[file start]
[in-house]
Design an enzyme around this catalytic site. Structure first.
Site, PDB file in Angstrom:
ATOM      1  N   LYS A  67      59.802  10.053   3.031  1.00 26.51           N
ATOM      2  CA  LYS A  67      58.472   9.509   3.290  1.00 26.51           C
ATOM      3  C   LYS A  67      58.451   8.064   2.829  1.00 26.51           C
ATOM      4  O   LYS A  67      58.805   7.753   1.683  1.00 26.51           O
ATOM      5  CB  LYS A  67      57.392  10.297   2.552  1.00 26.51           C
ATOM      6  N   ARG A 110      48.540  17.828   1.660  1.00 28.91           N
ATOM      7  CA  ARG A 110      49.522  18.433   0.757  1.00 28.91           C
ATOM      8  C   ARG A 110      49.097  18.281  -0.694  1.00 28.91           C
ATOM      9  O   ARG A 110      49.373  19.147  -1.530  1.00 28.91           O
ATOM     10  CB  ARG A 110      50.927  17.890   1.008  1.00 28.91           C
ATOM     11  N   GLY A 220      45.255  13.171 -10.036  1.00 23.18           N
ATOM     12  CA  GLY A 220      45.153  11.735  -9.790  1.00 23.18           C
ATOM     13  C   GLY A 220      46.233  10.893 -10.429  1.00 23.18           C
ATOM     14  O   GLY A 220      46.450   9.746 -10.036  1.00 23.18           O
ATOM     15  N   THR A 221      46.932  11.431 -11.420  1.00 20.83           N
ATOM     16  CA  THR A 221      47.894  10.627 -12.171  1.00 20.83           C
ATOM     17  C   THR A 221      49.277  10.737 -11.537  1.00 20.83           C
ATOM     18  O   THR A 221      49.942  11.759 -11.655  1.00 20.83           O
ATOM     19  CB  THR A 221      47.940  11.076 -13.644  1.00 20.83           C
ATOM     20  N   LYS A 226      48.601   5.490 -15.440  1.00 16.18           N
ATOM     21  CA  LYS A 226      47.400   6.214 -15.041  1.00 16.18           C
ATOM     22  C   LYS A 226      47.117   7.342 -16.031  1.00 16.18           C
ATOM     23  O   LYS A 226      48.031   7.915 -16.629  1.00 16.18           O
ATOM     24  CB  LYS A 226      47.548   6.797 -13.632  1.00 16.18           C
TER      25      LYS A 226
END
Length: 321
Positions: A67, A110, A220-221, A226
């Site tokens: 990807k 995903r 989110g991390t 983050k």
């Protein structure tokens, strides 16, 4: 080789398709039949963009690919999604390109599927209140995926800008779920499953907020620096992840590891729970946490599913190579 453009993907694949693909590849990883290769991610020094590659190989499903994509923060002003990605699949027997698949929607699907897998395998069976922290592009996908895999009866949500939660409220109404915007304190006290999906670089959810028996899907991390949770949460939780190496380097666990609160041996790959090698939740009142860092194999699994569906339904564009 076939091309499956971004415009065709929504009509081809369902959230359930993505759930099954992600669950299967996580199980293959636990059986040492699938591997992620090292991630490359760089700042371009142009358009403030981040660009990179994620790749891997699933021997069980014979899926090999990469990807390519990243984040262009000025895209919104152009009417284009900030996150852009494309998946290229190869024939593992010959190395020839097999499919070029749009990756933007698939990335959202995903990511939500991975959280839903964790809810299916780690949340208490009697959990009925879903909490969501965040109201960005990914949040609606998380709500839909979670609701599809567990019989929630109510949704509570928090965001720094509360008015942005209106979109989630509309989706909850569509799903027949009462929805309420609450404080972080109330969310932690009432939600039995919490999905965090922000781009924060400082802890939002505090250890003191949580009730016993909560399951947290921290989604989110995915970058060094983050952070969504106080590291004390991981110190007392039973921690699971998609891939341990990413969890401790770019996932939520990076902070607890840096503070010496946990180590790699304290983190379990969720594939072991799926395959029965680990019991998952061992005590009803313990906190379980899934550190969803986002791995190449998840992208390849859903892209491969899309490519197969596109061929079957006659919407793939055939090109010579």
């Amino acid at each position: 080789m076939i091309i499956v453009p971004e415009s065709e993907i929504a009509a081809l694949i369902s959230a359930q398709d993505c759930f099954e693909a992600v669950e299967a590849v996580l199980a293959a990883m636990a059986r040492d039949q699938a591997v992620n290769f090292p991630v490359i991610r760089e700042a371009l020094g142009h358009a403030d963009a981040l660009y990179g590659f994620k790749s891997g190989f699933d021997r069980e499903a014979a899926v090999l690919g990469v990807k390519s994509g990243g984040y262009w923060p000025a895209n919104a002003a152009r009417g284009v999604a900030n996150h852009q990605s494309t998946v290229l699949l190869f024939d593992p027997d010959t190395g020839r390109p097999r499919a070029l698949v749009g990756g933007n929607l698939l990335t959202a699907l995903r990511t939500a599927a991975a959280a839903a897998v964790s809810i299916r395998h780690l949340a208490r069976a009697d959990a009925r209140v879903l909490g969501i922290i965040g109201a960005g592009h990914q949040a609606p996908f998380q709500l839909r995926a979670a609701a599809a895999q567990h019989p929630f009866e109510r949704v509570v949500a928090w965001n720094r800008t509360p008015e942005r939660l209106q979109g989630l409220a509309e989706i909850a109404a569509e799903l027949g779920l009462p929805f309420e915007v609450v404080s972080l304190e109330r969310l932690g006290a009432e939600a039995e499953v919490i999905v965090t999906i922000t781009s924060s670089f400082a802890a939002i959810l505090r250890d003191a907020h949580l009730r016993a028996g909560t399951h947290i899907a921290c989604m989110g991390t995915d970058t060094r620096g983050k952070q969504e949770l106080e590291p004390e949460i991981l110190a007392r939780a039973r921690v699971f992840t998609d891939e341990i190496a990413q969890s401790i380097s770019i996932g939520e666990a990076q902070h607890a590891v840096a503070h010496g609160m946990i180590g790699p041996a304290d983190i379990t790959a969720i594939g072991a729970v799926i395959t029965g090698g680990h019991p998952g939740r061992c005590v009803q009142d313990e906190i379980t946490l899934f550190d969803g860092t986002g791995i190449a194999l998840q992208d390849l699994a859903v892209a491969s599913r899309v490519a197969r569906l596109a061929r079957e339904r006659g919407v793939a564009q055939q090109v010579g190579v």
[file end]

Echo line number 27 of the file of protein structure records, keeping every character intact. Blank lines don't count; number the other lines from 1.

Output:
ATOM     24  CB  LYS A 226      47.548   6.797 -13.632  1.00 16.18           C